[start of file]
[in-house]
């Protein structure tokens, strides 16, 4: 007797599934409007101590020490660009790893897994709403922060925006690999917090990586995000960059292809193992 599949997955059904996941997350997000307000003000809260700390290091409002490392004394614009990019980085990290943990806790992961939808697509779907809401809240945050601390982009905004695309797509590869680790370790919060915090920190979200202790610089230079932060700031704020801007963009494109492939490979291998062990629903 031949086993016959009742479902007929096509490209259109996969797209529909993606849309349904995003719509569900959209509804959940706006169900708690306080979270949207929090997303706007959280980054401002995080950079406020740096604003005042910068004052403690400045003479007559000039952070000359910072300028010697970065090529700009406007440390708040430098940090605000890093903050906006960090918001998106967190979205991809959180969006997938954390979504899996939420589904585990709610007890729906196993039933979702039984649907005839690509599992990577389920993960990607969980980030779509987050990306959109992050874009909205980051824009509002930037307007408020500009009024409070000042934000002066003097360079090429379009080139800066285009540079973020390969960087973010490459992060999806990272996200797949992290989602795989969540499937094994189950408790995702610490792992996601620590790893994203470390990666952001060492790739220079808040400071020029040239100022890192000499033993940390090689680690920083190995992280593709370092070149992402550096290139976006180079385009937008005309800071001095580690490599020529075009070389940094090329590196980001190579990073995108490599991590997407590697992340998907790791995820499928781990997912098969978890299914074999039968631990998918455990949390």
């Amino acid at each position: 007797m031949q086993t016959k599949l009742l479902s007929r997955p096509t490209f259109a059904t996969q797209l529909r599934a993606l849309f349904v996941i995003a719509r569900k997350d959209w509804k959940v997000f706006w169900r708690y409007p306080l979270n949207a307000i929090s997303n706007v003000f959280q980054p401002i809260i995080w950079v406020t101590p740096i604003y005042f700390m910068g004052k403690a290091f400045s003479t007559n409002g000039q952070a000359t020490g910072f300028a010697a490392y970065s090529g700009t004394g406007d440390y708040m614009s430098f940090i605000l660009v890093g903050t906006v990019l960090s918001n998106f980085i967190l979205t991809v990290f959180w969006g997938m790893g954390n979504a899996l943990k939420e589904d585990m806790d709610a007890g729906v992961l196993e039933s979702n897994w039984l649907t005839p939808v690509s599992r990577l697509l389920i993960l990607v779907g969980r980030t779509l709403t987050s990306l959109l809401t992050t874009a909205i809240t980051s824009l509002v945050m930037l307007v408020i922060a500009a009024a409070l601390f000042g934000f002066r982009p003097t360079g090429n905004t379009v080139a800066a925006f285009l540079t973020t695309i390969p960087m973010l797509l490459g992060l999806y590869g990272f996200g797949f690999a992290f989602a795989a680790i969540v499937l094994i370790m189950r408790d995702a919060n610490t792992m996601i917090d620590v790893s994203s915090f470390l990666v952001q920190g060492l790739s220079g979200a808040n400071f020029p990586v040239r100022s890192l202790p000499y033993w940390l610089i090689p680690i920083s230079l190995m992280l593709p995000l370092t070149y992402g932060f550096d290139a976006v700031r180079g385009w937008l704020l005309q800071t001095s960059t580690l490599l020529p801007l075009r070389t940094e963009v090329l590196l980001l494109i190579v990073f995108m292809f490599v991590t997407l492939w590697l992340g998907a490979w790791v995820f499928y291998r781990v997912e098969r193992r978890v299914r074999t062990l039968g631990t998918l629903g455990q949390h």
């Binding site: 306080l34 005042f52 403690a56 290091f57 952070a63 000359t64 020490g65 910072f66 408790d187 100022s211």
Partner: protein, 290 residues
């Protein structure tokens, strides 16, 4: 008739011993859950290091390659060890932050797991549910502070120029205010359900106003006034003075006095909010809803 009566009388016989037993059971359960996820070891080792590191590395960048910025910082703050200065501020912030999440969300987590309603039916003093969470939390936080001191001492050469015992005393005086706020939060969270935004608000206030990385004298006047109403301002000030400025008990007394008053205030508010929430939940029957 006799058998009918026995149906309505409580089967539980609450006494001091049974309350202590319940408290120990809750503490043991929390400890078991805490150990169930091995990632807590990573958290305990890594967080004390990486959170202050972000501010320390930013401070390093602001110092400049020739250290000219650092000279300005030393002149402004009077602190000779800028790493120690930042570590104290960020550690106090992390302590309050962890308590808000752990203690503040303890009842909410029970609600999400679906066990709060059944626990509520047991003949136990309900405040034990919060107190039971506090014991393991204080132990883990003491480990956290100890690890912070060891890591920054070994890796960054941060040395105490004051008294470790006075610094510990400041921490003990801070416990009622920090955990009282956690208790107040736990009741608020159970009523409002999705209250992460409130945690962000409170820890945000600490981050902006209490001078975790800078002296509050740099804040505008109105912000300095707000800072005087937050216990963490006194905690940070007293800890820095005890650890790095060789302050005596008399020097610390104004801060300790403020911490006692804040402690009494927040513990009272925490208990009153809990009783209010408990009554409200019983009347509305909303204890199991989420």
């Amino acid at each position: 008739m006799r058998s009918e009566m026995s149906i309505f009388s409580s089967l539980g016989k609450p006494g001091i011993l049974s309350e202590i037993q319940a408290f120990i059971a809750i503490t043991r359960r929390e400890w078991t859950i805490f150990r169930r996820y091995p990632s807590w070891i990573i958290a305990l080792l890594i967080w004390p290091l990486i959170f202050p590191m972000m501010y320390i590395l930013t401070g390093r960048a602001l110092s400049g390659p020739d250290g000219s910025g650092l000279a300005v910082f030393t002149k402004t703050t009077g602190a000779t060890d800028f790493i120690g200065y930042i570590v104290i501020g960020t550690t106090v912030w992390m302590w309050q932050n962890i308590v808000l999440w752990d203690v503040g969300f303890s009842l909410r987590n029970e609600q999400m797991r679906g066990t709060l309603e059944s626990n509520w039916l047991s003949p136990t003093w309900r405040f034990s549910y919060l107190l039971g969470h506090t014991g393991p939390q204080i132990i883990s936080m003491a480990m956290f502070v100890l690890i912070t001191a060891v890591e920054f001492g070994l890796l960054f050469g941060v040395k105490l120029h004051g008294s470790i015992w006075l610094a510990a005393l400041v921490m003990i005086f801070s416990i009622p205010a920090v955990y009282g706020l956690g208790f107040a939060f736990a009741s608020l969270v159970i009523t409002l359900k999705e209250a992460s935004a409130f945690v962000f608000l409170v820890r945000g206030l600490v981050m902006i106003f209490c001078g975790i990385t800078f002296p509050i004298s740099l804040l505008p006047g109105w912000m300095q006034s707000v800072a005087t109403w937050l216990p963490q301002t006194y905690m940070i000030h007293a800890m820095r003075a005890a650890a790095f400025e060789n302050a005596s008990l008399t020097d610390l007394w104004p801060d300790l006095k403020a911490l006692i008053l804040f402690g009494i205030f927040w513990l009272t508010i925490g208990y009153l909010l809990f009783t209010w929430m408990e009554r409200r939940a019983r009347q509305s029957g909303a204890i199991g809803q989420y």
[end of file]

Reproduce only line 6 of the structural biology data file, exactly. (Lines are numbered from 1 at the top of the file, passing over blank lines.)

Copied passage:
């Protein structure tokens, strides 16, 4: 008739011993859950290091390659060890932050797991549910502070120029205010359900106003006034003075006095909010809803 009566009388016989037993059971359960996820070891080792590191590395960048910025910082703050200065501020912030999440969300987590309603039916003093969470939390936080001191001492050469015992005393005086706020939060969270935004608000206030990385004298006047109403301002000030400025008990007394008053205030508010929430939940029957 006799058998009918026995149906309505409580089967539980609450006494001091049974309350202590319940408290120990809750503490043991929390400890078991805490150990169930091995990632807590990573958290305990890594967080004390990486959170202050972000501010320390930013401070390093602001110092400049020739250290000219650092000279300005030393002149402004009077602190000779800028790493120690930042570590104290960020550690106090992390302590309050962890308590808000752990203690503040303890009842909410029970609600999400679906066990709060059944626990509520047991003949136990309900405040034990919060107190039971506090014991393991204080132990883990003491480990956290100890690890912070060891890591920054070994890796960054941060040395105490004051008294470790006075610094510990400041921490003990801070416990009622920090955990009282956690208790107040736990009741608020159970009523409002999705209250992460409130945690962000409170820890945000600490981050902006209490001078975790800078002296509050740099804040505008109105912000300095707000800072005087937050216990963490006194905690940070007293800890820095005890650890790095060789302050005596008399020097610390104004801060300790403020911490006692804040402690009494927040513990009272925490208990009153809990009783209010408990009554409200019983009347509305909303204890199991989420």